Adult Athletes and Mono
Contracting mono is difficult for anyone, but it's particularly difficult for adult athletes and those who enjoy a great deal of physical activity. Athletes, by nature, want to be on the move.
One question that mono poses for athletes is when to return. When are they healthy enough to be able to start to exercise again and to be athletic?
The Main Issue with Athletes
According to sports medicine specialists, the decision about when an athlete with mono can return to his sport is a clinical one. The greatest concern for athletes isn't the fatigue or the potential weight loss that mono may cause, but the enlargement and increased fragility of the spleen.
Most splenic ruptures take place within 4-21 days of when the mono symptoms appear. However, as Dr. Chris G. Koutures notes, not all splenic ruptures occur within this time frame.
Furthermore, he said that ruptures can occur from even the most minor activity and in the absence of any obvious trauma.
Feeling Better Subjectively
Most doctors can't tell athletes exactly when it will be alright to join the athletic world again. They recommend to patients that they not return to physical activity until they are feeling better. Certainly, this is a very subjective barometer.
Feeling better means that your energy level is back within a normal range and that you have the stamina to participate in some moderate exercise.
What About Testing for Readiness?
Unfortunately, none of the objective tests that doctors can do will create a definitive answer about returning to sports after mono. While lab tests may help to show if there are still abnormal characteristics of the disease in the body, they are not a reliable way to make a decision about returning to sports.
Imaging tests such as a single abdominal ultrasound are also not a good indicator. They are often unreliable and are only useful in a complicated or prolonged case where you are worried about the splenic size.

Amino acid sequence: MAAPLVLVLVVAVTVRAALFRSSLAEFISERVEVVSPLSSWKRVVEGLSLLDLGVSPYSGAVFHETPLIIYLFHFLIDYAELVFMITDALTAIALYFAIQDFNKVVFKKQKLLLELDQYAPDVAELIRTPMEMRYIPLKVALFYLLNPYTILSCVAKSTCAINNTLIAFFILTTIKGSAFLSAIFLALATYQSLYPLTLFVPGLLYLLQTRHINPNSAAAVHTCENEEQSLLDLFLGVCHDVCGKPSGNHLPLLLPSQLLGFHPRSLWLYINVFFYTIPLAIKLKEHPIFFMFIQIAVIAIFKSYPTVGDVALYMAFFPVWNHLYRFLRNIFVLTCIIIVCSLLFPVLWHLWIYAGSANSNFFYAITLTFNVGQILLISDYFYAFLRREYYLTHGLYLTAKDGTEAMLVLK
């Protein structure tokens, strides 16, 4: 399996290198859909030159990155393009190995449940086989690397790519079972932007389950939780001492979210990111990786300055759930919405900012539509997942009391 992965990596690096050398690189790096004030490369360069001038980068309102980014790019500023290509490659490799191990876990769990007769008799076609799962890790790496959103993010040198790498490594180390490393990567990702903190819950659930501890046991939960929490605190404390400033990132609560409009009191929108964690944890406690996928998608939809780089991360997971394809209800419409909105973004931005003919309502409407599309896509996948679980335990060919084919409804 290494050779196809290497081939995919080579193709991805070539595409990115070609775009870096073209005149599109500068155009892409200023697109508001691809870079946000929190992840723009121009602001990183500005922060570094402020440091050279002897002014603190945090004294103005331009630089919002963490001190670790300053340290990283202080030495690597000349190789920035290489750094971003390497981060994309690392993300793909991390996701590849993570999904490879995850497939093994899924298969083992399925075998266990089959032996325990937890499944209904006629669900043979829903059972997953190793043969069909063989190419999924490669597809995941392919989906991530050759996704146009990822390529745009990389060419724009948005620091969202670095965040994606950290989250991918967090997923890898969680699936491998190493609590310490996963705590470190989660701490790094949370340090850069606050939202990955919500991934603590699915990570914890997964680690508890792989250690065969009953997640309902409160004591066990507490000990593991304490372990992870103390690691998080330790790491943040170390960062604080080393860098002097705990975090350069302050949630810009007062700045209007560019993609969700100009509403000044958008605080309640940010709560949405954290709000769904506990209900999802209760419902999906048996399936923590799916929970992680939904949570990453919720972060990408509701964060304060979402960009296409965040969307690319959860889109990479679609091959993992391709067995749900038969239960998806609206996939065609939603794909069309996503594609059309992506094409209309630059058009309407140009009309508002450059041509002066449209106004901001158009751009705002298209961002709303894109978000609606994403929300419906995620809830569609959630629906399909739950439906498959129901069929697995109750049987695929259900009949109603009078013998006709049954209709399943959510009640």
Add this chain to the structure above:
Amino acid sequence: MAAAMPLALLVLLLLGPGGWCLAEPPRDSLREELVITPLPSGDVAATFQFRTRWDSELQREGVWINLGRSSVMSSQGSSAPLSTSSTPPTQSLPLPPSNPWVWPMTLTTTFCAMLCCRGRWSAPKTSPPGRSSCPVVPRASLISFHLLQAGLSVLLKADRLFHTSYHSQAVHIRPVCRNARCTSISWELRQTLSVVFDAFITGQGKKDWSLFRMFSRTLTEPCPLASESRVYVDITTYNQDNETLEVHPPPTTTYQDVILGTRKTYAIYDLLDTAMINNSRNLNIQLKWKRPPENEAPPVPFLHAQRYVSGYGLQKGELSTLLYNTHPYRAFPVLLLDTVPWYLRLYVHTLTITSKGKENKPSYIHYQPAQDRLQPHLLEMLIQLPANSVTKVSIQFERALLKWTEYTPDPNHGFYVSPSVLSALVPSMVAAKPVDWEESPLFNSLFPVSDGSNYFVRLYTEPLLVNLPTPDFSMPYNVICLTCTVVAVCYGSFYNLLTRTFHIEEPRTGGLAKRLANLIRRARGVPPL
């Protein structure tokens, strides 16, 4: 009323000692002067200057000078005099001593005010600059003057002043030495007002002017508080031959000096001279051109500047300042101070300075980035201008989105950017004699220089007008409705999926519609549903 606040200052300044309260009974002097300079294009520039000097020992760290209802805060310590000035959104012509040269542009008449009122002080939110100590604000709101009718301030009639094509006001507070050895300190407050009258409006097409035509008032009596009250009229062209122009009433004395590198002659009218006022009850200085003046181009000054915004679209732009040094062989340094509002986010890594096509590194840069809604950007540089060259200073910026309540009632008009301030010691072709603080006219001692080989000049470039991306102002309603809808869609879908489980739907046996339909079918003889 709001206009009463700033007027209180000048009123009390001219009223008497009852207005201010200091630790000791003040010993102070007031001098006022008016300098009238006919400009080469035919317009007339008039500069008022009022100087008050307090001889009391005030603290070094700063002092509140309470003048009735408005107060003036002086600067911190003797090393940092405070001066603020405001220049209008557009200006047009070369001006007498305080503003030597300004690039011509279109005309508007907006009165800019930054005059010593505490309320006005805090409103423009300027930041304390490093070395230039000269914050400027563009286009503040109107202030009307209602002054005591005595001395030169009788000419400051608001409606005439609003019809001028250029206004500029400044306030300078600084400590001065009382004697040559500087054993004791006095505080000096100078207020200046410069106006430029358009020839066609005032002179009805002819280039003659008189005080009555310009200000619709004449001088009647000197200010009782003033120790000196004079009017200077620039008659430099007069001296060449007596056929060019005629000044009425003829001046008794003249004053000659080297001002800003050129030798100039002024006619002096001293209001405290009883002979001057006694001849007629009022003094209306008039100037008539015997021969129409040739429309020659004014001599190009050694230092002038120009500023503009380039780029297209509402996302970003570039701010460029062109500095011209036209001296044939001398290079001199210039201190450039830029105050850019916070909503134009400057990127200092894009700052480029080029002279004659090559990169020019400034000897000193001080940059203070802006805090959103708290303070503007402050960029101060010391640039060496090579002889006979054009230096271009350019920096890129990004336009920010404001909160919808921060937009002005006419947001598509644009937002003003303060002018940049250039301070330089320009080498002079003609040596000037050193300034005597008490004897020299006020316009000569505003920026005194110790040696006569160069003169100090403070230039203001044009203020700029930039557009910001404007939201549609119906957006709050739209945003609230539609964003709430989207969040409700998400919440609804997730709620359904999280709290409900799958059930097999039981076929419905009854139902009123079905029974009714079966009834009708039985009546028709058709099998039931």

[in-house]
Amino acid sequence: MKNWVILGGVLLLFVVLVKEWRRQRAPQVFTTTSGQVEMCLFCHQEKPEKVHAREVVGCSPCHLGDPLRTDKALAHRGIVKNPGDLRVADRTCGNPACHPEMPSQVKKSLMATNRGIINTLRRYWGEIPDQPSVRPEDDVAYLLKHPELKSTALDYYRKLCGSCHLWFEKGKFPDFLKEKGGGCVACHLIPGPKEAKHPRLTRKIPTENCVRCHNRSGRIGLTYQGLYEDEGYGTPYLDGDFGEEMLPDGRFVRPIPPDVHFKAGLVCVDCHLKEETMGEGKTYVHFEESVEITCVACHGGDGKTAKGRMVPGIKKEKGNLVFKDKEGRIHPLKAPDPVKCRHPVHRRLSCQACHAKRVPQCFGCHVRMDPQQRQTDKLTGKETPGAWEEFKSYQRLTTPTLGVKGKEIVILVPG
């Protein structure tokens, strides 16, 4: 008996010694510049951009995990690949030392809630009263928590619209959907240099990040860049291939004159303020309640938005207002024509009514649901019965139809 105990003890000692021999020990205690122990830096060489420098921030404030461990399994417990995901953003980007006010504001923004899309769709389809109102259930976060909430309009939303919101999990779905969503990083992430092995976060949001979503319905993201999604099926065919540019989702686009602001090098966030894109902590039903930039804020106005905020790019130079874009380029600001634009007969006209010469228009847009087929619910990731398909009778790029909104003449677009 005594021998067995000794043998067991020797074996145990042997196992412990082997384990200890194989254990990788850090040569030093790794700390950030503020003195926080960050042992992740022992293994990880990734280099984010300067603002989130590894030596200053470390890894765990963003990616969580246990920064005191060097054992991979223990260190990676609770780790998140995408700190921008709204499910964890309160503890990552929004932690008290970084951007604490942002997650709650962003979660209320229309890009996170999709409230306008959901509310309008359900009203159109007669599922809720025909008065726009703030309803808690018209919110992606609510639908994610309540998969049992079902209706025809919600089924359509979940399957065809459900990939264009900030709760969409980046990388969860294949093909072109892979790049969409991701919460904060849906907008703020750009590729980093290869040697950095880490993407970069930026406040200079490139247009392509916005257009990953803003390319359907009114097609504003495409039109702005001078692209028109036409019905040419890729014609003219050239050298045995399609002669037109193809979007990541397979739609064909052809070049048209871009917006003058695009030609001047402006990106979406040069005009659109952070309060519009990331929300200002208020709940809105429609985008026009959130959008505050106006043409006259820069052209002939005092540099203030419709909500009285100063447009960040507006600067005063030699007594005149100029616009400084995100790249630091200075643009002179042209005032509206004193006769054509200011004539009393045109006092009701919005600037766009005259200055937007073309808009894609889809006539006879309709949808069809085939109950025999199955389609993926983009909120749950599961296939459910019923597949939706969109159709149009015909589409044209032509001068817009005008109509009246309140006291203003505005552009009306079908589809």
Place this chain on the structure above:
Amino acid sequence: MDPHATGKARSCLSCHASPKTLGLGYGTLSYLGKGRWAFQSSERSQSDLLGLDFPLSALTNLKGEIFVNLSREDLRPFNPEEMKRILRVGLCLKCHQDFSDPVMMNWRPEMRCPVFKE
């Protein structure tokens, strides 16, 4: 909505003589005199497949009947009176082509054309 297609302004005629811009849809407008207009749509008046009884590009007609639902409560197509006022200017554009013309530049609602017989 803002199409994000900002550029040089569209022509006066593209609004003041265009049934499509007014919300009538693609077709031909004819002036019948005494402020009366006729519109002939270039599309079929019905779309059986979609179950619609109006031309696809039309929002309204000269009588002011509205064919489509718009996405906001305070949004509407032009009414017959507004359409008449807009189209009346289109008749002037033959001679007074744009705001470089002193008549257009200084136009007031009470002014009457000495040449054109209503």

What the Literature Says
Most of the literature on athletes and mono recommends refraining from physical activity for anywhere from 2 to 24 weeks from the onset of symptoms!
This is an enormous range, and should be discussed with your physician. The most common recommendation is usually to have a three week period during mono with absolutely no physical activity.
This won't usually be difficult for athletes because mono makes you feel so incredibly tired. However, should athletes start to get antsy and try to resume their activity before the three week period is up, they are putting themselves at risk.
According to Dr. Koutures, this three-week time period is within the window when most of the splenic ruptures occur. After the three week period, athletes whose medical records indicate that they are recovering nicely, and who feel better, may try some light activities. They should not, however, play contact sports and they should take it easy and pay attention to their fatigue.
If the initial week back to light exercise goes well, then athletes can slowly begin to integrate more physical activity into their routine. It is vital for athletes to be in tune with their bodies and to give themselves time to recover.
Mono is quite debilitating on the body, and the system needs time to recover and to build up the stamina that was lost while sleeping and resting in bed.
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